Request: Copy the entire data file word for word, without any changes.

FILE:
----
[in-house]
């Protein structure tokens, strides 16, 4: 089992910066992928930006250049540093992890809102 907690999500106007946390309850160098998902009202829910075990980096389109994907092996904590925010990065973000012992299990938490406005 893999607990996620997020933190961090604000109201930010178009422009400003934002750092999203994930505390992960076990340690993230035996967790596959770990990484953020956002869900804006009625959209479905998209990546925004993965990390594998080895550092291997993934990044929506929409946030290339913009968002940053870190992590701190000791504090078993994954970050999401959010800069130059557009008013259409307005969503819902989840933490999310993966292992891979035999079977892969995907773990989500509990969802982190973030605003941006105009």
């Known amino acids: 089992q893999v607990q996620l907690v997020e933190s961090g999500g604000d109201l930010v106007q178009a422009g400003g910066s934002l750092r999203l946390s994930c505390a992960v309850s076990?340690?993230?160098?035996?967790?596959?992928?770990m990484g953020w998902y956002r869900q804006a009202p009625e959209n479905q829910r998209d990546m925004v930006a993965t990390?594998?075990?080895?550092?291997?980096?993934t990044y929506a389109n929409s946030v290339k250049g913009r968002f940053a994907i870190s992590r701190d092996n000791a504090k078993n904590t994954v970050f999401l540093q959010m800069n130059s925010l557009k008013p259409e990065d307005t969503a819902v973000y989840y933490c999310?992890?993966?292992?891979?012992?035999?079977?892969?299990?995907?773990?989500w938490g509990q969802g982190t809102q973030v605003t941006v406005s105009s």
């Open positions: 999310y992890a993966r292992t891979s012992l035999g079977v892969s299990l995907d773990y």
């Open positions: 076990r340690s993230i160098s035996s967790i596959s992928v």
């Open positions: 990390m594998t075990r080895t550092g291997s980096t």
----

[in-house]
């Protein structure tokens, strides 16, 4: 089992910066992928930006250049540093992890809102 907690999500106007946390309850160098998902009202829910075990980096389109994907092996904590925010990065973000012992299990938490406005 893999607990996620997020933190961090604000109201930010178009422009400003934002750092999203994930505390992960076990340690993230035996967790596959770990990484953020956002869900804006009625959209479905998209990546925004993965990390594998080895550092291997993934990044929506929409946030290339913009968002940053870190992590701190000791504090078993994954970050999401959010800069130059557009008013259409307005969503819902989840933490999310993966292992891979035999079977892969995907773990989500509990969802982190973030605003941006105009």
């Known amino acids: 089992q893999v607990q996620l907690v997020e933190s961090g999500g604000d109201l930010v106007q178009a422009g400003g910066s934002l750092r999203l946390s994930c505390a992960v309850s076990?340690?993230?160098?035996?967790?596959?992928?770990m990484g953020w998902y956002r869900q804006a009202p009625e959209n479905q829910r998209d990546m925004v930006a993965t990390?594998?075990?080895?550092?291997?980096?993934t990044y929506a389109n929409s946030v290339k250049g913009r968002f940053a994907i870190s992590r701190d092996n000791a504090k078993n904590t994954v970050f999401l540093q959010m800069n130059s925010l557009k008013p259409e990065d307005t969503a819902v973000y989840y933490c999310?992890?993966?292992?891979?012992?035999?079977?892969?299990?995907?773990?989500w938490g509990q969802g982190t809102q973030v605003t941006v406005s105009s």
């Open positions: 999310y992890a993966r292992t891979s012992l035999g079977v892969s299990l995907d773990y």
């Open positions: 076990r340690s993230i160098s035996s967790i596959s992928v």
């Open positions: 990390m594998t075990r080895t550092g291997s980096t």